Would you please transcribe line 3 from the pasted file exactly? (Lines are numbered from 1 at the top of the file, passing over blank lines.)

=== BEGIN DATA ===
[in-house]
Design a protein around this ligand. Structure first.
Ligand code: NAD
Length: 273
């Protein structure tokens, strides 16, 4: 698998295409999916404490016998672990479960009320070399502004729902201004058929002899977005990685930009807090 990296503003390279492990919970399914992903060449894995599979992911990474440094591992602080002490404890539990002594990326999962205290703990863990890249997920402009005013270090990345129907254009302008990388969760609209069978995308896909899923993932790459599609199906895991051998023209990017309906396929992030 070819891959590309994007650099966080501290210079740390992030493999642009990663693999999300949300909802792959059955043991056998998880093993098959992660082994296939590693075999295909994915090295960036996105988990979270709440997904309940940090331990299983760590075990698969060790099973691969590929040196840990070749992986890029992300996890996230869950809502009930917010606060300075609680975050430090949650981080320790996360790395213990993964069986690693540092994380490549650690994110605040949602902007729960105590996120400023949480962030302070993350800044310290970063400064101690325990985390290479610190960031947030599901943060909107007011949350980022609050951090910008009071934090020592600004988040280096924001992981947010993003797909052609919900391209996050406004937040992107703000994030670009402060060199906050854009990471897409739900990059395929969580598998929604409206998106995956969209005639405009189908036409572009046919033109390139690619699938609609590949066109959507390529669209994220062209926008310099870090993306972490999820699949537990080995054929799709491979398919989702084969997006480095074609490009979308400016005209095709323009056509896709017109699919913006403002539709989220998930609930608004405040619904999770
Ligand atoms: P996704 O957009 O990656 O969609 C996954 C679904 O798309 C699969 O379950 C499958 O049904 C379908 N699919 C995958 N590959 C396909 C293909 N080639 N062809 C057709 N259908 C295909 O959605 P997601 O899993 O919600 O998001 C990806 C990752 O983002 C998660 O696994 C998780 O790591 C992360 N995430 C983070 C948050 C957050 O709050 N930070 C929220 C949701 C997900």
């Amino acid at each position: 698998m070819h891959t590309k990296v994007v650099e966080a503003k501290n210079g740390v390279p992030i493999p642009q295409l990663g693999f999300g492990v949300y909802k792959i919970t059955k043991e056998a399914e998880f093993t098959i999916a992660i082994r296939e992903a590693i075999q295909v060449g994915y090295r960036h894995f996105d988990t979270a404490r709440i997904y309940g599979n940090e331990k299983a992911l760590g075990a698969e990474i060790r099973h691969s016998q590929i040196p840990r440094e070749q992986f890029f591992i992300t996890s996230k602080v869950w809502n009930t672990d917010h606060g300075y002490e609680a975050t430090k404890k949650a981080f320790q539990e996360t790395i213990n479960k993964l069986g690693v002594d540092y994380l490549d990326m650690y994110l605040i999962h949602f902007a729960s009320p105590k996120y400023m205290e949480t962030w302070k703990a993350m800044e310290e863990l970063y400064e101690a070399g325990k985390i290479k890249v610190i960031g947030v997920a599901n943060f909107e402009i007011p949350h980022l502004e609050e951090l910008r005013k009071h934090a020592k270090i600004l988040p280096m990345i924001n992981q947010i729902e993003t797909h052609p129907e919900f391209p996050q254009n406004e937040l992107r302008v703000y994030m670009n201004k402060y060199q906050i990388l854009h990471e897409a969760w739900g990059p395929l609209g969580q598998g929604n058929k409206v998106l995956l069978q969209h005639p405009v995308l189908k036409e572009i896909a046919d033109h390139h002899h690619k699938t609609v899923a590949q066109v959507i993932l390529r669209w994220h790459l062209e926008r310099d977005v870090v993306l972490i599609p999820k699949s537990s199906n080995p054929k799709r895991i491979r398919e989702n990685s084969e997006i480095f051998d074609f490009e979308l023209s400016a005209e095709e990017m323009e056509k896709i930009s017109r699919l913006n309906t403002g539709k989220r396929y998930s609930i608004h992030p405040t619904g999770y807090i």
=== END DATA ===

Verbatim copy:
Ligand code: NAD